I struggled as a newlywed.
I was pretty sure it was because my parents were divorced.
No, I was pretty sure it was because I had too many boyfriends before I became frum.
No, actually, it was probably some deep defect that would have cropped up regardless.
The point is, I struggled as a newlywed.
And I have a pretty fantastic husband. (Bli ayin hara, pooh pooh pooh.) I even remember one teacher in a shalom bayis class that I was taking joking, “Why are you here? We all know what a mensch your husband is!” (“Well, yes, but it only takes one to mess it all up…and that one is clearly ME!”)
I thought to myself:
Maybe I don’t have enough self-control.
If I had more self-control, I wouldn’t lose it when he is so irrational and incomprehensible.
No, it’s that I don’t have enough confidence.
If I had more confidence, then I wouldn’t be constantly checking the pulse of our marriage, wondering if it’s all about to fall apart.
Actually, maybe it’s authenticity.
Yeah, authenticity. I am so busy trying to “behave” as the perfect wife that he lost me in the process.
And sometimes, I don’t even want it to work out.
It is just too hard.
But that’s ridiculous. I’m great, he’s great, and we’re totally madly in love, and giddy, and on that newlywed high—which is so amazing—and I’m pretty sure that we are too far in at this point. I should just stick it out.
Also, I really love him.
I am too far gone.
I was sure I was the only one.
I think it was my parent’s divorce that saved us, since I was sure I had no reliable information about healthy marriages. I was, perhaps, a little obsessive.
I studied happily married couples—how they spoke to each other; how they divided the household duties; how they managed the children.
We took every shalom bayis course that came our way. We actually got so burned out that our rav told us it was enough already. Once you know everything they’re going to say, you can take a break!
I studied the literature. Secular, frum. I wanted to know what the Torah says and what chemicals are firing in our brains.
We listened to Rabbi Tatz’s marriage class (simpletoremember.com—I highly recommend it!) each month for years until he too told us it was enough already. “I didn’t actually expect you to take me literally when I suggested that!”
I was sure we didn’t know how to make it…so we worked on becoming experts instead.
But there was a huge piece missing.
I’m a pretty emotionally-connected person. I feel my feelings intensely. And I am BIG on being authentic.
So at this point, I had a really great idea of how healthy couples acted. And I had some very important information that helped me understand my husband better and have fewer of those big, bad emotions.
But then something would happen.
It usually wasn’t a discussion about major values.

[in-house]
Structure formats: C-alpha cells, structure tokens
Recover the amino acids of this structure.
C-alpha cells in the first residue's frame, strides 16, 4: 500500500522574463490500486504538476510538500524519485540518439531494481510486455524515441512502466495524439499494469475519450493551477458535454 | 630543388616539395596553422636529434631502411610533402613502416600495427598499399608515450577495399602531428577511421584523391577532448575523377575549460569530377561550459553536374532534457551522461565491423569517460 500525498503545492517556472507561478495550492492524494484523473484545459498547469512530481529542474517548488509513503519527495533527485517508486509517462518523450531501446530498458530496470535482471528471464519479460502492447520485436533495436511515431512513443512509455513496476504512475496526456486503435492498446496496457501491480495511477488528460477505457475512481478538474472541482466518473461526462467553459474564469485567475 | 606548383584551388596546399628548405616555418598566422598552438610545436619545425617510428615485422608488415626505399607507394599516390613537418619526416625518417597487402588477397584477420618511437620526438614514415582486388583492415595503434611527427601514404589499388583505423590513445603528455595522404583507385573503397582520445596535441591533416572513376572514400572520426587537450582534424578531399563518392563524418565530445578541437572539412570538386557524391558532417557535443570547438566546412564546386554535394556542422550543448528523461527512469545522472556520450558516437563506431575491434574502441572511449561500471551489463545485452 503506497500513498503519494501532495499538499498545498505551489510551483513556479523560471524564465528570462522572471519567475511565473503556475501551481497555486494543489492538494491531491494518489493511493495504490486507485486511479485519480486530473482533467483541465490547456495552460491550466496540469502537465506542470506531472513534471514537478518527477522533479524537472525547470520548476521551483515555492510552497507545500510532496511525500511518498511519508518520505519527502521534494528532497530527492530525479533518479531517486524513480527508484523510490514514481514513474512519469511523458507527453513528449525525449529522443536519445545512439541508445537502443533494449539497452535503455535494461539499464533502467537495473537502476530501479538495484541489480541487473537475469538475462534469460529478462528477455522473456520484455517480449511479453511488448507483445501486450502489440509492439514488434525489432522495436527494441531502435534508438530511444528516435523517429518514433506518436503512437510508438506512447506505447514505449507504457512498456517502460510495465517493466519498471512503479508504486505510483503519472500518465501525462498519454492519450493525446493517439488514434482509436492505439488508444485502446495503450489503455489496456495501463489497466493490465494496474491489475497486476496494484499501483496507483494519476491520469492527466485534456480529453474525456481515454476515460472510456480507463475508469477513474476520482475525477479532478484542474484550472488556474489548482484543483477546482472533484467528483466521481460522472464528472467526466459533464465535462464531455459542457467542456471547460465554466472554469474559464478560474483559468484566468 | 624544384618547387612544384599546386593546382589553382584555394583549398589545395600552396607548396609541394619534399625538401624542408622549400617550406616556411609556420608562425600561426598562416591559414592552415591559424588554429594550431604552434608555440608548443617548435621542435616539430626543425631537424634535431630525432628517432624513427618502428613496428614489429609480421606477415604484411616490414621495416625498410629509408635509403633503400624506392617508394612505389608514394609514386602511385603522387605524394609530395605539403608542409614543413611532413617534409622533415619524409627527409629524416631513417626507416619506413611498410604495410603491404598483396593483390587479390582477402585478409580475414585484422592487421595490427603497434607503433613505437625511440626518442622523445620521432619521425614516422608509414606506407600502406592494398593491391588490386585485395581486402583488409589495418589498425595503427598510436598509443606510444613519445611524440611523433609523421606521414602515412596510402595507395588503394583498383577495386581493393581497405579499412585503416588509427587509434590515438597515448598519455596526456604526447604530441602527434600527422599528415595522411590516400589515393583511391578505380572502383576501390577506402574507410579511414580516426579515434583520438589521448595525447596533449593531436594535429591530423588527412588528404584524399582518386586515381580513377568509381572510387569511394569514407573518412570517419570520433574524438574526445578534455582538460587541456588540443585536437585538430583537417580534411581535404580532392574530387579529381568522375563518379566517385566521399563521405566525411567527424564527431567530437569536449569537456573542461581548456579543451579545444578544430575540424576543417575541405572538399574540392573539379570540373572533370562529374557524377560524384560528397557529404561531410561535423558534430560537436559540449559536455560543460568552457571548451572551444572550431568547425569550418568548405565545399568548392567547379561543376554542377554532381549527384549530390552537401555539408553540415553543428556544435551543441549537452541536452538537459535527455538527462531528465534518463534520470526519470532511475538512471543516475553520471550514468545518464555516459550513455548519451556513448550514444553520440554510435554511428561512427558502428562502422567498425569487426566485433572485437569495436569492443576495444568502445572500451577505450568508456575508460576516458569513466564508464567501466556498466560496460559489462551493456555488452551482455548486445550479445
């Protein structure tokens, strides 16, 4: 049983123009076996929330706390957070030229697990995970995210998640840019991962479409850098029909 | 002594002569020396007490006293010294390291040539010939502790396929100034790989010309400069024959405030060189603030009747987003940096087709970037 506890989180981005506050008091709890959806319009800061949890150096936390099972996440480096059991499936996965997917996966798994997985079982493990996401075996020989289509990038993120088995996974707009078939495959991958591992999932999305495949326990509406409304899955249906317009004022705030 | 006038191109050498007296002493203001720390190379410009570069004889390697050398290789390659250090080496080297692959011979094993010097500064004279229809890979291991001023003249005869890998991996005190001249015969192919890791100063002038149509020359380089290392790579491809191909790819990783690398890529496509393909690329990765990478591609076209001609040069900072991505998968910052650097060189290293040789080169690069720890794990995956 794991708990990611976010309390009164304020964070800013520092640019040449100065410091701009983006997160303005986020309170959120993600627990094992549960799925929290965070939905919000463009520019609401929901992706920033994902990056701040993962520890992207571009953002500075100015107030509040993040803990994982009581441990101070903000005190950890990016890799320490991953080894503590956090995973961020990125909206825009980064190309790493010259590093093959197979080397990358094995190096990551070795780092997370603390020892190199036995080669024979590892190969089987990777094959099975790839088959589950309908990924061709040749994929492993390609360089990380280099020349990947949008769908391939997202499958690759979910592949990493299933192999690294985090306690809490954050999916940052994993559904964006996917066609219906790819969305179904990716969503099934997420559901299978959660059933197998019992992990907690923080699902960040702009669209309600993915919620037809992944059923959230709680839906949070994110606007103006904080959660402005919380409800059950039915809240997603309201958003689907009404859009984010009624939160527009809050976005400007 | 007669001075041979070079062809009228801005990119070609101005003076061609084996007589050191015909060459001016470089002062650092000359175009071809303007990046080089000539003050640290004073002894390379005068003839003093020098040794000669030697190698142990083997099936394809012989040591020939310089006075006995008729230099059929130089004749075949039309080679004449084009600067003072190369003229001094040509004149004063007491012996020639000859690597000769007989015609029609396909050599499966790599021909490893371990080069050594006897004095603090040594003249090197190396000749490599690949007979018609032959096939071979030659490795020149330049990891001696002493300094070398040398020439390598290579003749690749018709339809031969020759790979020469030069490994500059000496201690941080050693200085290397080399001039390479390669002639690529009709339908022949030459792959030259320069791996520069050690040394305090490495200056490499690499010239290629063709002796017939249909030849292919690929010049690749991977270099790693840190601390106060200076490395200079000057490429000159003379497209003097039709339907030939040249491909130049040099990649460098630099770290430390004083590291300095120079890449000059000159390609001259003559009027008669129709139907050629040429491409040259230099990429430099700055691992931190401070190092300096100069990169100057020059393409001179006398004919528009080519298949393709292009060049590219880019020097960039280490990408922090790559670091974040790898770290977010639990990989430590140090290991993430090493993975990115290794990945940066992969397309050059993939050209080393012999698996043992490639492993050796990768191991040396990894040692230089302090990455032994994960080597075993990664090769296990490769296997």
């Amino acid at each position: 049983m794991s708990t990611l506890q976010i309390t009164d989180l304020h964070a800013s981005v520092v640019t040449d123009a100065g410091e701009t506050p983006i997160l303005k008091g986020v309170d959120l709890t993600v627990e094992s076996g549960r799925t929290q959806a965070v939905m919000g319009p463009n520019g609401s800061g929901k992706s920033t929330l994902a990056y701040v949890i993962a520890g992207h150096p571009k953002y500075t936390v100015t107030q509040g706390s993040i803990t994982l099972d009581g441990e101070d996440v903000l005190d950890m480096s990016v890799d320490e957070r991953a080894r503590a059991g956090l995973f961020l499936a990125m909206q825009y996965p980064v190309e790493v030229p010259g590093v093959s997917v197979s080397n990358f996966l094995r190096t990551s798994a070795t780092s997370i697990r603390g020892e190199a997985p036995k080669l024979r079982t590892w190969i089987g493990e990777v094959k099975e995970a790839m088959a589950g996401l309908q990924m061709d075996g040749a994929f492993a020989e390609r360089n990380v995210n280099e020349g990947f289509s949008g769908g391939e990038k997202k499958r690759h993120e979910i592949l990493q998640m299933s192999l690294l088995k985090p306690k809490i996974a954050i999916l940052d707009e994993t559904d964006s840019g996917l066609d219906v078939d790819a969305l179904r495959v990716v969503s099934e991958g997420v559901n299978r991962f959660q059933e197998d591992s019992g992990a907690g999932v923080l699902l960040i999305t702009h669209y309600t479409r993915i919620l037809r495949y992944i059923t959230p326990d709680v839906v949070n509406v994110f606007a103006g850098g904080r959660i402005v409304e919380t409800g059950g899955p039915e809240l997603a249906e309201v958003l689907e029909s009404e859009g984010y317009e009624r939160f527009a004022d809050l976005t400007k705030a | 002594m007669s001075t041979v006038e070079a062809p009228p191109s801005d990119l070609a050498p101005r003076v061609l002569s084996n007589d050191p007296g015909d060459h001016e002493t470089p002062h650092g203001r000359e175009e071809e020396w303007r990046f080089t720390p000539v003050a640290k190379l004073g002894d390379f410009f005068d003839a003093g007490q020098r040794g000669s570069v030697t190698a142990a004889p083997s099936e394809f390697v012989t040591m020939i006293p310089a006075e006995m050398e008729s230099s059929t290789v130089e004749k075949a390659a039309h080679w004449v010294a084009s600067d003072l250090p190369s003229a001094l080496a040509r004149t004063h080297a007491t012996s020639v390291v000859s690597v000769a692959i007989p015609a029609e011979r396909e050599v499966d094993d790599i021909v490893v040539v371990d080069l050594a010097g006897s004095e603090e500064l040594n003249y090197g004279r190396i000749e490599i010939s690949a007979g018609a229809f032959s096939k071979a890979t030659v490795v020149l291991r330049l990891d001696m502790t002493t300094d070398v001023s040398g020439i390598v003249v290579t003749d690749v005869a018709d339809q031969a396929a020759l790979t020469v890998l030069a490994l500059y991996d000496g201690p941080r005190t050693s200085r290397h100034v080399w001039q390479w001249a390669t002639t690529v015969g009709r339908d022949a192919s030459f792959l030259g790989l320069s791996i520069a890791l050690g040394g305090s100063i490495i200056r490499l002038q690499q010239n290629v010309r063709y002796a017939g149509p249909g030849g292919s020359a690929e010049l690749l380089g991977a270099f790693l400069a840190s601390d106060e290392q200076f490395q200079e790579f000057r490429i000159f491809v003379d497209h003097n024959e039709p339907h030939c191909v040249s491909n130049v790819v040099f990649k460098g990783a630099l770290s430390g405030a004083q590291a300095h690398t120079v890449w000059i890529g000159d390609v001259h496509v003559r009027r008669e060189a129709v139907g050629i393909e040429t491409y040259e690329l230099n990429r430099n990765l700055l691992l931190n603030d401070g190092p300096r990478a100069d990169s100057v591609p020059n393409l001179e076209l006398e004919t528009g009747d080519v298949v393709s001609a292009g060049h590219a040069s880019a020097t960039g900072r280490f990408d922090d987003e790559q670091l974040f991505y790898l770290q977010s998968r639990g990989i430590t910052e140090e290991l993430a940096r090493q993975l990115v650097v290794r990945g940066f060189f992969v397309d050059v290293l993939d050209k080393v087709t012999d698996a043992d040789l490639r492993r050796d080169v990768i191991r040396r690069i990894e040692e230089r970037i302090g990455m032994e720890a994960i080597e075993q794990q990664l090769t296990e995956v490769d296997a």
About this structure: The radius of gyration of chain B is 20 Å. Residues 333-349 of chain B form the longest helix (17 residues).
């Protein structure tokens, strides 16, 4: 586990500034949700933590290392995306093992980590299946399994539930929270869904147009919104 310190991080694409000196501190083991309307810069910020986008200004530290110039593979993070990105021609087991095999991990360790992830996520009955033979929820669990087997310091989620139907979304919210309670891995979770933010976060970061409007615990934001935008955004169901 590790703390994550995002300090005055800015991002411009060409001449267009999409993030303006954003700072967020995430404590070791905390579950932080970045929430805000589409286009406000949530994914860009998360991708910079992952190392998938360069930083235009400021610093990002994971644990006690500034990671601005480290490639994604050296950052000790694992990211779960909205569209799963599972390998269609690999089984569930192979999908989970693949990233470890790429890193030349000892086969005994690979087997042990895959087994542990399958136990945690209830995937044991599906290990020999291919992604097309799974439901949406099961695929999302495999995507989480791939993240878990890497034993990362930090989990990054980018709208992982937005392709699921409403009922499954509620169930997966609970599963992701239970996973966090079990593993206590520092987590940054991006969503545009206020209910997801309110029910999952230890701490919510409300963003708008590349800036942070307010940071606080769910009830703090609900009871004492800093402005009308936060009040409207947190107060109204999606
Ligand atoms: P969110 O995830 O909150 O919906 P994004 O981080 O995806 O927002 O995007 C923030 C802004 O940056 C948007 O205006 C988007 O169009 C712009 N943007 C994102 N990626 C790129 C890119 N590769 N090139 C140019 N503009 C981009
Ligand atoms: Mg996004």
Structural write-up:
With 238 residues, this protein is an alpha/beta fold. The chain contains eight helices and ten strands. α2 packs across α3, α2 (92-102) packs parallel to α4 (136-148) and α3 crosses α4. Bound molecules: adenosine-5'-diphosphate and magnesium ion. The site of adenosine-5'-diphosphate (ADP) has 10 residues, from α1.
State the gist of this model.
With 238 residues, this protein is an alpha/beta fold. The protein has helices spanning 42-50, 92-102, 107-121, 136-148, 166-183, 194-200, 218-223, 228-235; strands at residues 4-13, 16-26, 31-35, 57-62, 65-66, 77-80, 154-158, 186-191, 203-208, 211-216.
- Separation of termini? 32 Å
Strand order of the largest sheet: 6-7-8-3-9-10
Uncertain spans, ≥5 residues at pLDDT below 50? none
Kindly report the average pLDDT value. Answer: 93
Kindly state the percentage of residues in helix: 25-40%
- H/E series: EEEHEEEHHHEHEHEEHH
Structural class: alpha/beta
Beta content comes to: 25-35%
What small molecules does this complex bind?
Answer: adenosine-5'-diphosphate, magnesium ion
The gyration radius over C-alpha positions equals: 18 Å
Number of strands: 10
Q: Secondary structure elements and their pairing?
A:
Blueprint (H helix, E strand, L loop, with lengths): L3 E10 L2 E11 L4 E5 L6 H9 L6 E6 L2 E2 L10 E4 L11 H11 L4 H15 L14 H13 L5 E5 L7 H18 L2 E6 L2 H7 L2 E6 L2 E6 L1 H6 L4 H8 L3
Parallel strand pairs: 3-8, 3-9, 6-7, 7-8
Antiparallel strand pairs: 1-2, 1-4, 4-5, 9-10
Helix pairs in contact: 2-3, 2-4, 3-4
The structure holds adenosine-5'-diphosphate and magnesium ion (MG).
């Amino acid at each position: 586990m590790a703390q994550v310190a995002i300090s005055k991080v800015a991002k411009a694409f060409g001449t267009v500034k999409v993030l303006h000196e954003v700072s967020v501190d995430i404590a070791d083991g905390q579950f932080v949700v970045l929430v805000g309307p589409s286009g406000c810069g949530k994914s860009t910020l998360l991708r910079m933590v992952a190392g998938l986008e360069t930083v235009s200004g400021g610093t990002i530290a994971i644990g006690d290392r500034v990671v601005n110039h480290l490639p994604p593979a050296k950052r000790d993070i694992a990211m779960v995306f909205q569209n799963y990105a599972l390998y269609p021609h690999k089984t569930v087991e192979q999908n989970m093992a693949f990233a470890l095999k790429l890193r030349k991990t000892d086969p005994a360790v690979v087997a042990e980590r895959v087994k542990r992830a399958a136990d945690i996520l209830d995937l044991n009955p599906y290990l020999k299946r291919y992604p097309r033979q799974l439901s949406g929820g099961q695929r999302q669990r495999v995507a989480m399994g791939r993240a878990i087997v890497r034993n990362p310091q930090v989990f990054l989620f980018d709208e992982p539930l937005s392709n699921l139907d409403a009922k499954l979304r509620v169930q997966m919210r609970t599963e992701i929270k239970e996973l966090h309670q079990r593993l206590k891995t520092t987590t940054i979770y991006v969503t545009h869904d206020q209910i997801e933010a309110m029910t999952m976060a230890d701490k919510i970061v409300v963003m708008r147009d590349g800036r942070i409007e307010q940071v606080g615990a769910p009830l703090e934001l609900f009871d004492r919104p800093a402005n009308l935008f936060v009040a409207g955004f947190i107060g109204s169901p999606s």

Once, it was about the fish I had blown our budget on falling off the pan onto the treif part of the stovetop. Our rav told us it was fine (after lots of questions), but I was having some of those big feelings at this point and threw the whole thing in the trash.
It wasn’t the fish.
It was the money, and my inability to manage cooking dinner, and my overall belief that I was pretty much broken, and this was just one more piece of evidence that I couldn’t hack it.
Years later, my coach trainer finally shed some light on this for me.
You see, I was sure I was a failure. And I was trying to show up happy and confident. And there’s just only so much self-control that one woman can have, and that kind of act burns up all of it. Fast.
And while I was so busy acting the part, what I didn’t know is that I could have challenged that thought.
What if I’m exactly as I should be?
What if burning dinner is disappointing, but also normal?
I was fascinated. This was everything.
All of our big feelings—and we feel them when we’re newlyweds, when we’re single, when we’ve been married a long time—come from our thoughts. You may have heard this idea, because it’s not new, but bear with me:
When our husband drives us crazy…we are actually the ones driving us crazy.
Yes, he did or said something. But that’s neutral. And then we made it mean something. And that’s optional.
And I can make it all mean whatever I want.
So this is what I do now. I still have big feelings sometimes, but I have tools to understand them. I’ve learned that just because my brain tells me something (i.e., “You’re a mess!”), doesn’t mean it’s true. My brain is just offering me a thought, and I can decide to take it or leave it.
And sometimes I take it, and I do have negative emotions. But I’ve learned that those are okay once in awhile, too. And occasionally, it seems that feeling anxious is lethal, but it’s really just uncomfortable.
I can do uncomfortable.
And some days, I forget it all, and I’m not my best. But I’ve learned that that’s also alright. And some days, he’s stressed, and he’s not his best. And I love to allow that in our relationship—this is a marriage where we can be cranky sometimes.
I can’t go back and teach all this to myself ten years ago, but now I get to teach and coach newlyweds, which is a tremendous honor.
We hash out those big feelings. And we question them. And man, the women I work with are SMART. And their brains have them CONVINCED that the situation is really bad, whether it is their husband, their finances, their mother-in-law, their husband’s job…
But those are all neutral. How we frame the situation though—that is our choice.
The biggest gift, I think, of being a newlywed is that while we set out to understand this other person better, and we stretch ourselves to grow and accommodate and be better, we also get to discover ourselves in a whole new way.